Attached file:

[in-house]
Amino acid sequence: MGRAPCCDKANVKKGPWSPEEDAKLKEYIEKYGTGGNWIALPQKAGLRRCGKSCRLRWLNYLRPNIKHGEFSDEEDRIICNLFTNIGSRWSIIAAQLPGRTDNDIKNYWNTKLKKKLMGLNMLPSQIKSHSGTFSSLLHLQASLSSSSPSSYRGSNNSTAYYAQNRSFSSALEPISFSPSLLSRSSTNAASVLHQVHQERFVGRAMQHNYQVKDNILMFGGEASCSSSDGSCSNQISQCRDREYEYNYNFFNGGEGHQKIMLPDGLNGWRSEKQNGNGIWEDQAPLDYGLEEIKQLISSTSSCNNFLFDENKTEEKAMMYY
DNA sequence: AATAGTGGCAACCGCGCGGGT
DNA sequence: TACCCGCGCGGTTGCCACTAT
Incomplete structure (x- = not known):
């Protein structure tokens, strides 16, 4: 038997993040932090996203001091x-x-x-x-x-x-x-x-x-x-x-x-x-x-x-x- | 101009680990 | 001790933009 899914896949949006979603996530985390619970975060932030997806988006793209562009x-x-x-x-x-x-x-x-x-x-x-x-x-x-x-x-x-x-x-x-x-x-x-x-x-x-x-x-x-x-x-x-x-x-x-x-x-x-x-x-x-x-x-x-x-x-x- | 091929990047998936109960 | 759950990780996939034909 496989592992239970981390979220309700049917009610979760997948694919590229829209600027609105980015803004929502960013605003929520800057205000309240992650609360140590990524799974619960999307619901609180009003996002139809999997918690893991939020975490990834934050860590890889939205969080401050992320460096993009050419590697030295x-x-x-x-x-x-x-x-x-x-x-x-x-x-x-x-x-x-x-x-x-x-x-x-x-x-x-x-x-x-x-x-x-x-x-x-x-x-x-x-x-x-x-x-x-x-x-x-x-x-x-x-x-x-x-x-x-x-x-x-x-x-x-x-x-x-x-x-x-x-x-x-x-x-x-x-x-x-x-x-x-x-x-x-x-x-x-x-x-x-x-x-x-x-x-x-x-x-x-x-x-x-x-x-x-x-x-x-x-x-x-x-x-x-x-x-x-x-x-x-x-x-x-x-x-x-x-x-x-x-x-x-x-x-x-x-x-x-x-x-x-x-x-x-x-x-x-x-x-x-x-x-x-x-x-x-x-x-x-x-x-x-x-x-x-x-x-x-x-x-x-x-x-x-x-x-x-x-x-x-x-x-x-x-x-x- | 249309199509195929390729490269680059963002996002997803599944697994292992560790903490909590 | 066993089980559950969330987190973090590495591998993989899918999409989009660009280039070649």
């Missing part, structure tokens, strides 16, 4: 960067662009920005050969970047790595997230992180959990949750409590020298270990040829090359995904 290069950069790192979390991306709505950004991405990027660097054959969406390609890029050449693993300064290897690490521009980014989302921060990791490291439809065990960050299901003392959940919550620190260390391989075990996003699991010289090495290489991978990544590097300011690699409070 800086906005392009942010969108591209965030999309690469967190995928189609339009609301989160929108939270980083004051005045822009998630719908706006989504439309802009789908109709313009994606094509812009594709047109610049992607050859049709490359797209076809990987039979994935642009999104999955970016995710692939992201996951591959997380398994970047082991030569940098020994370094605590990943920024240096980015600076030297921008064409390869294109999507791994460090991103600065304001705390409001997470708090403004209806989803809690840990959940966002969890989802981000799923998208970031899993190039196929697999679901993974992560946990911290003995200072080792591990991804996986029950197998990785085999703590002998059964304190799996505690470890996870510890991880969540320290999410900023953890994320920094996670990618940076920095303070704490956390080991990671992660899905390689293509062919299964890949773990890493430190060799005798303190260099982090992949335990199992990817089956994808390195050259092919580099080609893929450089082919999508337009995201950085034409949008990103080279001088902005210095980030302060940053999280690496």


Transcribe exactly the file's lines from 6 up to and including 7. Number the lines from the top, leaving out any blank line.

């Protein structure tokens, strides 16, 4: 038997993040932090996203001091x-x-x-x-x-x-x-x-x-x-x-x-x-x-x-x- | 101009680990 | 001790933009 899914896949949006979603996530985390619970975060932030997806988006793209562009x-x-x-x-x-x-x-x-x-x-x-x-x-x-x-x-x-x-x-x-x-x-x-x-x-x-x-x-x-x-x-x-x-x-x-x-x-x-x-x-x-x-x-x-x-x-x- | 091929990047998936109960 | 759950990780996939034909 496989592992239970981390979220309700049917009610979760997948694919590229829209600027609105980015803004929502960013605003929520800057205000309240992650609360140590990524799974619960999307619901609180009003996002139809999997918690893991939020975490990834934050860590890889939205969080401050992320460096993009050419590697030295x-x-x-x-x-x-x-x-x-x-x-x-x-x-x-x-x-x-x-x-x-x-x-x-x-x-x-x-x-x-x-x-x-x-x-x-x-x-x-x-x-x-x-x-x-x-x-x-x-x-x-x-x-x-x-x-x-x-x-x-x-x-x-x-x-x-x-x-x-x-x-x-x-x-x-x-x-x-x-x-x-x-x-x-x-x-x-x-x-x-x-x-x-x-x-x-x-x-x-x-x-x-x-x-x-x-x-x-x-x-x-x-x-x-x-x-x-x-x-x-x-x-x-x-x-x-x-x-x-x-x-x-x-x-x-x-x-x-x-x-x-x-x-x-x-x-x-x-x-x-x-x-x-x-x-x-x-x-x-x-x-x-x-x-x-x-x-x-x-x-x-x-x-x-x-x-x-x-x-x-x-x-x-x-x-x- | 249309199509195929390729490269680059963002996002997803599944697994292992560790903490909590 | 066993089980559950969330987190973090590495591998993989899918999409989009660009280039070649």
């Missing part, structure tokens, strides 16, 4: 960067662009920005050969970047790595997230992180959990949750409590020298270990040829090359995904 290069950069790192979390991306709505950004991405990027660097054959969406390609890029050449693993300064290897690490521009980014989302921060990791490291439809065990960050299901003392959940919550620190260390391989075990996003699991010289090495290489991978990544590097300011690699409070 800086906005392009942010969108591209965030999309690469967190995928189609339009609301989160929108939270980083004051005045822009998630719908706006989504439309802009789908109709313009994606094509812009594709047109610049992607050859049709490359797209076809990987039979994935642009999104999955970016995710692939992201996951591959997380398994970047082991030569940098020994370094605590990943920024240096980015600076030297921008064409390869294109999507791994460090991103600065304001705390409001997470708090403004209806989803809690840990959940966002969890989802981000799923998208970031899993190039196929697999679901993974992560946990911290003995200072080792591990991804996986029950197998990785085999703590002998059964304190799996505690470890996870510890991880969540320290999410900023953890994320920094996670990618940076920095303070704490956390080991990671992660899905390689293509062919299964890949773990890493430190060799005798303190260099982090992949335990199992990817089956994808390195050259092919580099080609893929450089082919999508337009995201950085034409949008990103080279001088902005210095980030302060940053999280690496």